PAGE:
NEW YORK — There’s a new catchphrase at Under Armour these days: “womanifesto.”
The word is indicative of the Baltimore-based activewear brand’s goal for its women’s division: “to equal or surpass our men’s business in the future,” according to Kevin Plank, the company’s founder and chief executive officer.
In a multimedia presentation on Manhattan’s West Side Thursday afternoon, Plank said the $500 million women’s business currently represents nearly 30 percent of the company’s sales — projected to hit $3 billion this year — so “it’s not a launch. But we’re about to take it to another level.”
He said Under Armour realized early on there was potential to reach women with its product. “When size small started selling, we knew we had a women’s business,” Plank said.
But the first attempt was not a great success.
When Under Armour decided to dabble in women’s in 2003, it was “nine guys sitting around a conference room table” and they thought all it would take would be to “shrink it and pink it,” Plank said. But the company quickly “learned how wrong that was.” In fact, he said Under Armour actually decided to “bury” the first women’s collection after it was produced. “It was never shipped.”
Instead, Under Armour spent the next few years building a proper women’s team to identify the opportunities and work on appropriate product. The investment is paying off: Plank said when Under Armour went public in 2005, women’s was only 20 percent of the $260 million apparel business, and has grown exponentially along with the overall company.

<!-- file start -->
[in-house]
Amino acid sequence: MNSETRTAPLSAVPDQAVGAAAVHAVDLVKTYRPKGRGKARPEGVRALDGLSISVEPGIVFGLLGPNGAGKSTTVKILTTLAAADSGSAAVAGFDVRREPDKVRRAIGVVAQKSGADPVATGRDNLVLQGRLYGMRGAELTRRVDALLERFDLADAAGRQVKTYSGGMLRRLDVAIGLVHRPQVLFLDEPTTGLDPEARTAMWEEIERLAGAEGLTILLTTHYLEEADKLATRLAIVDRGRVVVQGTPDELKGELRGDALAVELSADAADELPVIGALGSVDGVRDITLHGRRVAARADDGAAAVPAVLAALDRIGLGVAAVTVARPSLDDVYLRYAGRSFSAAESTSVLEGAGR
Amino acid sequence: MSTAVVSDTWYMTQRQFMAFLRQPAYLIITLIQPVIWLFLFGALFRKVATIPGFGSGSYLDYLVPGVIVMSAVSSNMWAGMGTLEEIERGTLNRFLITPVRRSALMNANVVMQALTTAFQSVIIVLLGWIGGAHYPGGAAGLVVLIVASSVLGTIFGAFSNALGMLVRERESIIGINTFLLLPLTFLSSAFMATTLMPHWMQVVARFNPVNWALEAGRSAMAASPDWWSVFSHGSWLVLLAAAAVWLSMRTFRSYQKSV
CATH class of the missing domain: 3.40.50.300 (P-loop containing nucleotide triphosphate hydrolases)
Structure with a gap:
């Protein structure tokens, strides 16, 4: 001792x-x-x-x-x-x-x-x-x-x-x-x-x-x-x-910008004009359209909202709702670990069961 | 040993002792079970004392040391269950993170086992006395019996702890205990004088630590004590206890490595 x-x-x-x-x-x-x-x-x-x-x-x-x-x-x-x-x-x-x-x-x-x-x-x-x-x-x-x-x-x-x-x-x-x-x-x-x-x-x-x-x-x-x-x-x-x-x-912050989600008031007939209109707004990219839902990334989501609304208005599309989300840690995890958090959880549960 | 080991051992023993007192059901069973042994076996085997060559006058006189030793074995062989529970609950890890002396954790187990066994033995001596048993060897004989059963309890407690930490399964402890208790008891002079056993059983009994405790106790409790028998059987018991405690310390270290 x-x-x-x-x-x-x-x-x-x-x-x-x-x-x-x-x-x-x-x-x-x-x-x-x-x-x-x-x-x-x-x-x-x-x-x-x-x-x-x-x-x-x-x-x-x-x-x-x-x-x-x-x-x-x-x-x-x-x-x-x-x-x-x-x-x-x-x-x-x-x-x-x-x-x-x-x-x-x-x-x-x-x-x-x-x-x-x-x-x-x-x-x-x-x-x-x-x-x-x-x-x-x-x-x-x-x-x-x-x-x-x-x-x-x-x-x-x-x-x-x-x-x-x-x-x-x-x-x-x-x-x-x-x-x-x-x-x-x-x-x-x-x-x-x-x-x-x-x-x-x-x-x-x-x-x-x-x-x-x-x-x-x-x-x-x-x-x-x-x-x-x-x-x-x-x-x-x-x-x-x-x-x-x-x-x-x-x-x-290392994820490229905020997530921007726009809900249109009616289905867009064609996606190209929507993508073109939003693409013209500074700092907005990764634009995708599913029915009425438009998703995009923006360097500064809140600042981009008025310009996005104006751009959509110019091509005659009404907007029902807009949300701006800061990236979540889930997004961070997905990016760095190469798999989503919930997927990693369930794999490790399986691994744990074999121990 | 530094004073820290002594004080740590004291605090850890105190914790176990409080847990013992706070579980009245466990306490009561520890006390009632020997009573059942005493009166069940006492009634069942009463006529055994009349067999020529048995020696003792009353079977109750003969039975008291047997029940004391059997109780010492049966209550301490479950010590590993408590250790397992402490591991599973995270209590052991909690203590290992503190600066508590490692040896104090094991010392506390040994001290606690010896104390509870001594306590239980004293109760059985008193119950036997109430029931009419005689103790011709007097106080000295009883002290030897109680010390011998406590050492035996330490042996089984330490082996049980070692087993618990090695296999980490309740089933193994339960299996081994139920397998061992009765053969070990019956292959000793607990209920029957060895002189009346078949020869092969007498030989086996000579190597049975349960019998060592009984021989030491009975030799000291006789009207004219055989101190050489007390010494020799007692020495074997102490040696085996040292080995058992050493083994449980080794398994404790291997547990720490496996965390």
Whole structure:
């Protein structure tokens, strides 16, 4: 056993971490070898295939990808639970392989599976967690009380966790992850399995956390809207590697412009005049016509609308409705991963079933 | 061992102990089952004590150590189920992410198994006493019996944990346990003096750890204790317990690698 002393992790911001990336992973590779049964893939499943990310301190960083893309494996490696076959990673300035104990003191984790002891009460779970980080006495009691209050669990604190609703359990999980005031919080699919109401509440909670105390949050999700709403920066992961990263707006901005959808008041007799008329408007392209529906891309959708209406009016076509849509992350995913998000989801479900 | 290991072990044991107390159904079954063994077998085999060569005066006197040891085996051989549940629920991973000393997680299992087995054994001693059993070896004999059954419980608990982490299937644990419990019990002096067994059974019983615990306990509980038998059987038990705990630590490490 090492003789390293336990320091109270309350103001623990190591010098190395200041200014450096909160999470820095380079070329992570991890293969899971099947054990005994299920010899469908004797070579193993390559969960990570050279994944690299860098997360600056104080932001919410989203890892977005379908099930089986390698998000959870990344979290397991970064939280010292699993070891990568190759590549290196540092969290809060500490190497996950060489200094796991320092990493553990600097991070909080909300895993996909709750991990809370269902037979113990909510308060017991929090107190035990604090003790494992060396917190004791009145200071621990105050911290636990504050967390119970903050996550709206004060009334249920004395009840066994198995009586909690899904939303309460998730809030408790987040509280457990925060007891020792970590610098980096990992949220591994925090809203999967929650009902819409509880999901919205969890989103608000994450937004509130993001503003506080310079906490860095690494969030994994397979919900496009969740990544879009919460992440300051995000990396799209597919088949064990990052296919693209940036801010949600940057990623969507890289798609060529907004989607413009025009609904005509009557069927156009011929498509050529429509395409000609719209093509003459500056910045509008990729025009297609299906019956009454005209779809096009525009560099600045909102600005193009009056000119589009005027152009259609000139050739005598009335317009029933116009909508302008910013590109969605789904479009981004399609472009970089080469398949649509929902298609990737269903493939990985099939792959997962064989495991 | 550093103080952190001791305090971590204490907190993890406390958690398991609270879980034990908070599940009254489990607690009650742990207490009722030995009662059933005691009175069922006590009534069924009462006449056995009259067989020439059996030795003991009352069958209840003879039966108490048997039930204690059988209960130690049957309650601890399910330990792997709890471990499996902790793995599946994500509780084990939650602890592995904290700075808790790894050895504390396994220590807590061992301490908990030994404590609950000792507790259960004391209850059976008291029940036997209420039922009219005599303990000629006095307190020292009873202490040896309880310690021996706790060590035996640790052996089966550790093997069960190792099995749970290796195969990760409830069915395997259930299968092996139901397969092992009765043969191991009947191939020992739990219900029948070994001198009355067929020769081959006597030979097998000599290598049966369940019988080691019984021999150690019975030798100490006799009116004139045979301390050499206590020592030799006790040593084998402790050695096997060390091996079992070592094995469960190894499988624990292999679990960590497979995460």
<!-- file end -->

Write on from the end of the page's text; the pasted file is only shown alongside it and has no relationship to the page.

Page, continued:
Today, according to Leanne Fremar, senior vice president and executive creative director of Under Armour women’s apparel, the brand appeals not only to athletes but to athletic women, a category that represents four-fifths of the market. So while professional female athletes such as Lindsey Vonn remain a focus — “We remain 110 percent committed to women athletes,” she told WWD — the real volume will come from women doing yoga, Pilates, spin classes and fun runs.
That is translating into sales at retail. Early results show that printed studio capris, a new seamless plunge bra, soft outerwear, performance run apparel and legacy tanks and sweatshirts are the early bestsellers for fall, she said.
The focus on women’s wear will be evident in the company’s new television advertising campaign that kicks off on Monday. It centers around the phrase: “I Will What I Want” and is Under Armour’s largest global women’s marketing campaign ever, reportedly at $15 million. It stars champion downhill skier Vonn, U.S. Women’s National Soccer Team player Kelley O’Hara and American Ballet Theatre soloist Misty Copeland, all of whom were at the New York City event. Copeland’s ads will be the first to run and center around the challenges she faced as an African-American ballerina who was deemed too old, the wrong body type and the wrong skin color.
Print versions of the ads will also run on magazine Web sites including Glamour, People and Us Weekly, and the campaign also includes the launch of a new mobile site where women can share their fitness and athlete stories.